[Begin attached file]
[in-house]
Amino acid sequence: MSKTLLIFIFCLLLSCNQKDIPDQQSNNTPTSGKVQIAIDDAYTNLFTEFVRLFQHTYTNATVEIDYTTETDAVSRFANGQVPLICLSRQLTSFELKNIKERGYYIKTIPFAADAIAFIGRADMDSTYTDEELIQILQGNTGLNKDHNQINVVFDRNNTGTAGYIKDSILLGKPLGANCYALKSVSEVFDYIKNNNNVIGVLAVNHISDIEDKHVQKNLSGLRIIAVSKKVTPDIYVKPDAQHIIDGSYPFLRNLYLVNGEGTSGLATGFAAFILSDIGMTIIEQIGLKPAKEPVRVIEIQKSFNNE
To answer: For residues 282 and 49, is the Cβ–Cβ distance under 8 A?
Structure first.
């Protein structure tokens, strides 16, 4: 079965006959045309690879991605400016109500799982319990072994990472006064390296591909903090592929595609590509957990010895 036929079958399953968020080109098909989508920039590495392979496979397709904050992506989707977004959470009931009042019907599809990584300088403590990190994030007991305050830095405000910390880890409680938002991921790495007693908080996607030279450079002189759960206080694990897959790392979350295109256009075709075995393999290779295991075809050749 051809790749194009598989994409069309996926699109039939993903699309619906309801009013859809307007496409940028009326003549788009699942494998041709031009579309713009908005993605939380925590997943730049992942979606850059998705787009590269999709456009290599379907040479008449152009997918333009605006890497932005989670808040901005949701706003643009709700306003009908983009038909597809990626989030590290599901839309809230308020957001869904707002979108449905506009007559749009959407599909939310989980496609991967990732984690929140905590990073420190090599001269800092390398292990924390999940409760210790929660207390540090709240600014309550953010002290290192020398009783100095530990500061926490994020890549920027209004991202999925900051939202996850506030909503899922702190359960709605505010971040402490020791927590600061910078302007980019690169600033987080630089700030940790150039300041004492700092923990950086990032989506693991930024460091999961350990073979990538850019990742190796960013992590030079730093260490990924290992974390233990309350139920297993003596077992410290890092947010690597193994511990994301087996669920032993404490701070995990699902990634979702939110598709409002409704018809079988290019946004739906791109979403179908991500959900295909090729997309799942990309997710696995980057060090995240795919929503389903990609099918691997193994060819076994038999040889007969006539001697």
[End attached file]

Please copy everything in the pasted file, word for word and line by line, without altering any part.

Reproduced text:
[in-house]
Amino acid sequence: MSKTLLIFIFCLLLSCNQKDIPDQQSNNTPTSGKVQIAIDDAYTNLFTEFVRLFQHTYTNATVEIDYTTETDAVSRFANGQVPLICLSRQLTSFELKNIKERGYYIKTIPFAADAIAFIGRADMDSTYTDEELIQILQGNTGLNKDHNQINVVFDRNNTGTAGYIKDSILLGKPLGANCYALKSVSEVFDYIKNNNNVIGVLAVNHISDIEDKHVQKNLSGLRIIAVSKKVTPDIYVKPDAQHIIDGSYPFLRNLYLVNGEGTSGLATGFAAFILSDIGMTIIEQIGLKPAKEPVRVIEIQKSFNNE
To answer: For residues 282 and 49, is the Cβ–Cβ distance under 8 A?
Structure first.
């Protein structure tokens, strides 16, 4: 079965006959045309690879991605400016109500799982319990072994990472006064390296591909903090592929595609590509957990010895 036929079958399953968020080109098909989508920039590495392979496979397709904050992506989707977004959470009931009042019907599809990584300088403590990190994030007991305050830095405000910390880890409680938002991921790495007693908080996607030279450079002189759960206080694990897959790392979350295109256009075709075995393999290779295991075809050749 051809790749194009598989994409069309996926699109039939993903699309619906309801009013859809307007496409940028009326003549788009699942494998041709031009579309713009908005993605939380925590997943730049992942979606850059998705787009590269999709456009290599379907040479008449152009997918333009605006890497932005989670808040901005949701706003643009709700306003009908983009038909597809990626989030590290599901839309809230308020957001869904707002979108449905506009007559749009959407599909939310989980496609991967990732984690929140905590990073420190090599001269800092390398292990924390999940409760210790929660207390540090709240600014309550953010002290290192020398009783100095530990500061926490994020890549920027209004991202999925900051939202996850506030909503899922702190359960709605505010971040402490020791927590600061910078302007980019690169600033987080630089700030940790150039300041004492700092923990950086990032989506693991930024460091999961350990073979990538850019990742190796960013992590030079730093260490990924290992974390233990309350139920297993003596077992410290890092947010690597193994511990994301087996669920032993404490701070995990699902990634979702939110598709409002409704018809079988290019946004739906791109979403179908991500959900295909090729997309799942990309997710696995980057060090995240795919929503389903990609099918691997193994060819076994038999040889007969006539001697």